In his first official interview since his Feb. 17 crash in the Daytona 500, Ryan Newman told NBC’s Today Show that his amazing survival was “just a miracle on so many levels.”

“It’s still humbling to watch it and know that I’m sitting here without a headache, which is amazing,” Newman said Wednesday morning while watching a replay on the Today Show set in New York City. “Thankful to so many people … for prayers, for all the things that went into me being safer in that situation.”

Newman walked out of Daytona Beach’s Halifax Hospital just two days after his horrific crash on the 500′s final lap. He remains sidelined and out of his No. 6 Ford Mustang while recovering from what he described as “basically like a bruised brain.”

“Takes time for it to heal,” he said. “I was knocked out, there was a point where I don’t remember a part of the race. Realistically, I just feel so lucky. On so many levels, I feel so lucky.

“If you look at the crash, it’s spectacular in a bad way, right? If you look at the car afterwards, you think about all the things that happened right for me to sit here.”

As for his eventual return to racing, Newman could offer no timetable.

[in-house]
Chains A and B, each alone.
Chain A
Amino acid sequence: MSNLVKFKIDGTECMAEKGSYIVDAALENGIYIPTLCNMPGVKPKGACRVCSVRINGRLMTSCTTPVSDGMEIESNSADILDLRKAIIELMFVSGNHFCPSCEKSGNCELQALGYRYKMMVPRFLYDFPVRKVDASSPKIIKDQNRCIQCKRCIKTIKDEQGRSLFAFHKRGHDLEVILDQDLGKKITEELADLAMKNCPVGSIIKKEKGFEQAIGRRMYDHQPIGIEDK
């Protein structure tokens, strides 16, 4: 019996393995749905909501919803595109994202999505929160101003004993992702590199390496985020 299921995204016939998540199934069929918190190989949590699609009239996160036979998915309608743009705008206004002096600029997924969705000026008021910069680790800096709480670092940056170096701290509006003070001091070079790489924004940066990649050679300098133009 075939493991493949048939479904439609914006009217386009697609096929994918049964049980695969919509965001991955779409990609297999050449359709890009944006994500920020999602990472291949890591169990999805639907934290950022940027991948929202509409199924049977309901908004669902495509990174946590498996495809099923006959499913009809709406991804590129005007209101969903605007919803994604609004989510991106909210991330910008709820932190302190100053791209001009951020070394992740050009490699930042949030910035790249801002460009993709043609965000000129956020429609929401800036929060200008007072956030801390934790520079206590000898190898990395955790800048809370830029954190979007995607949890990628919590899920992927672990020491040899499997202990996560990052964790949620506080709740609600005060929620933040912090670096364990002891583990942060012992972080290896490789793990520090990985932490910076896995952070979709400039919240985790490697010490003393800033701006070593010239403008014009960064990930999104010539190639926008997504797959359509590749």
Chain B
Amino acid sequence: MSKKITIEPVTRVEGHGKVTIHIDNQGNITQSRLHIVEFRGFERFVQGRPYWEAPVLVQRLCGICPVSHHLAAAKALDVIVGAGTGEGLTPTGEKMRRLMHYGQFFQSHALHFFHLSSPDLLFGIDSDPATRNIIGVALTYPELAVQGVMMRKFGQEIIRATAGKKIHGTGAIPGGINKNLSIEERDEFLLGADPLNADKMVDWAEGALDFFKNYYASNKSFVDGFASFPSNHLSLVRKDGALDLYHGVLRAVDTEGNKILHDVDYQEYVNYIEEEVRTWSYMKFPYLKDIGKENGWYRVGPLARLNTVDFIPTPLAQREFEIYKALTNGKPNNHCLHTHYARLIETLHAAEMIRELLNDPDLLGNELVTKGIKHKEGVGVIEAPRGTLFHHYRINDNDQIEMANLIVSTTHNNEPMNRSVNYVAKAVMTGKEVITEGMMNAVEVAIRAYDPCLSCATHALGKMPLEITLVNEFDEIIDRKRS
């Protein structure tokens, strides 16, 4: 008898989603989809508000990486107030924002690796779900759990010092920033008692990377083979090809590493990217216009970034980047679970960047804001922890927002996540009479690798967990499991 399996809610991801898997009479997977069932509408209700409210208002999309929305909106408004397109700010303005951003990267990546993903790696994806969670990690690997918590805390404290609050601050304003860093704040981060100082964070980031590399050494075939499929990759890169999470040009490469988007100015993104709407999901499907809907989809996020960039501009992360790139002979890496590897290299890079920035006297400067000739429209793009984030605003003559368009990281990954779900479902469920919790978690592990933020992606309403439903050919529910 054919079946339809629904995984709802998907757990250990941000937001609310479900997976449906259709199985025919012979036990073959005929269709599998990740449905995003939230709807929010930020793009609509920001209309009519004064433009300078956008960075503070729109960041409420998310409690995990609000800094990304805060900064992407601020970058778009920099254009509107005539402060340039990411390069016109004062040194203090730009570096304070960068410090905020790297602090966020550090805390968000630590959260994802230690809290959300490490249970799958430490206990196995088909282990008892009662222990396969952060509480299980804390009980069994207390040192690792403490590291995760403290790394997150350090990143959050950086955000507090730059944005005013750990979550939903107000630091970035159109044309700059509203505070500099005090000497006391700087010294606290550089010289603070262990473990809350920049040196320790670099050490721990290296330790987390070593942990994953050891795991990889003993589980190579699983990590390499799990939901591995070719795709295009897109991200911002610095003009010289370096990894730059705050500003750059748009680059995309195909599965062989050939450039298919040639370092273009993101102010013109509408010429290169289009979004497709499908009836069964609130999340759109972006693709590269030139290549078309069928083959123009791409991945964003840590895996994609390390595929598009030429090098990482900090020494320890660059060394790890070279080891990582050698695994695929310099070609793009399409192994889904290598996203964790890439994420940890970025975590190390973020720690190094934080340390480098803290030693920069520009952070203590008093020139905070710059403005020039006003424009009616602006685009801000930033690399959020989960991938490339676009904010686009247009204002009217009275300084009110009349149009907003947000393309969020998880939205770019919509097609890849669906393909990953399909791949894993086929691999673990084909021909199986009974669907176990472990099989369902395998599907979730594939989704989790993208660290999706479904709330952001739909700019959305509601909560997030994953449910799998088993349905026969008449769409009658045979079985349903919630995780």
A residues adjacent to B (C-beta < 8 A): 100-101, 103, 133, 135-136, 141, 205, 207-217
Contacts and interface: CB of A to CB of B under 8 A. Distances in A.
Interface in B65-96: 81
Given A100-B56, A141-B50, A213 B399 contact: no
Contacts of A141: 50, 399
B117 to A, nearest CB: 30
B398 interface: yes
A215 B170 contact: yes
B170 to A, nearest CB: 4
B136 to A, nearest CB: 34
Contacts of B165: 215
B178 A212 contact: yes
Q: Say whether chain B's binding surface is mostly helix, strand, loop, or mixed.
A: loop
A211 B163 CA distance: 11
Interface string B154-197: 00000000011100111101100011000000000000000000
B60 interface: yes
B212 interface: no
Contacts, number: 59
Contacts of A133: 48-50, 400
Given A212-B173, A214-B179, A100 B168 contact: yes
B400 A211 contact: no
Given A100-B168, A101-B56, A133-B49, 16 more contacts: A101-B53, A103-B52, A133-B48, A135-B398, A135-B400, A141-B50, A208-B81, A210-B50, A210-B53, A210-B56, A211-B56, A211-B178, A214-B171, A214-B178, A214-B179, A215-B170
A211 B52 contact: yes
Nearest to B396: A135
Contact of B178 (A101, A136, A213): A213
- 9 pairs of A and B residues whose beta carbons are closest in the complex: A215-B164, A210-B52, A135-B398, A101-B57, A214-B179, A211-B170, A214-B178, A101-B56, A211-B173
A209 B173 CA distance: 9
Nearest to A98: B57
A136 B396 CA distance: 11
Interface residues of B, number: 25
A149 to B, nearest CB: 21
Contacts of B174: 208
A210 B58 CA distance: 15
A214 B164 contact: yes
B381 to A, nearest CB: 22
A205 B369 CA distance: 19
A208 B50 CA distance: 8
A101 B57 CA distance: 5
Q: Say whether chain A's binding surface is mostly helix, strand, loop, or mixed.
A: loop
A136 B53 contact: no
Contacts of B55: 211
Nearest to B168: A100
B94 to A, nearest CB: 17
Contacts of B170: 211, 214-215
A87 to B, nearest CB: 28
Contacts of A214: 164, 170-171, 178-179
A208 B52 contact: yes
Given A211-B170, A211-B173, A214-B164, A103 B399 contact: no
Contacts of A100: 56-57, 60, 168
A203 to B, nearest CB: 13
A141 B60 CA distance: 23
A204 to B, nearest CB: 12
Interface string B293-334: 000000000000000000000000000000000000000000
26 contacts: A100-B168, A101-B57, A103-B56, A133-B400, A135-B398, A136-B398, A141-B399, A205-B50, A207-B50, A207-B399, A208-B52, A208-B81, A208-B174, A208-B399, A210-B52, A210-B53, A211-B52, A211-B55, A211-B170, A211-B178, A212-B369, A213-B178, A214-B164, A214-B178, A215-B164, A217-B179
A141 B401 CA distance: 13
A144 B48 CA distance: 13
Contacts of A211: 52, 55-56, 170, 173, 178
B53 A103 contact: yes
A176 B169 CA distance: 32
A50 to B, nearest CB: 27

“I don’t know yet,” he said. “We’re working on it. As soon as I possibly can.”

Per NASCAR policy, Newman would have to be cleared by a neurologist or neurosurgeon with extensive experience treating head injuries in athletes. A returning driver would have to pass an exam monitored by physicians who would need to validate his preparedness for a return to racing.

In 2014, NASCAR began mandating baseline tests for all drivers, and sends all drivers involved in accidents — regardless of the severity or lack thereof — to the track’s infield care center for an assessment. Starting in 2018, NASCAR’s medical teams have used the King-Devick test on drivers following an accident.

“We have a holistic approach to head injury prevention and treatment,” said a NASCAR spokesman, “involving constant collaboration with leading independent medical experts and teams, comprehensive evaluation protocols, groundbreaking safety innovation and smart adjustments to competition framework. All of those things work in concert.”

As for why Newman would want to get back in a race car after such a death-defying wreck, he gave an answer given many times by many racers over the decades.

“I love it,” he said. “It’s been a little bit painful to be out of a race car. I started racing when I was 4 years old. It’s just who I am.”

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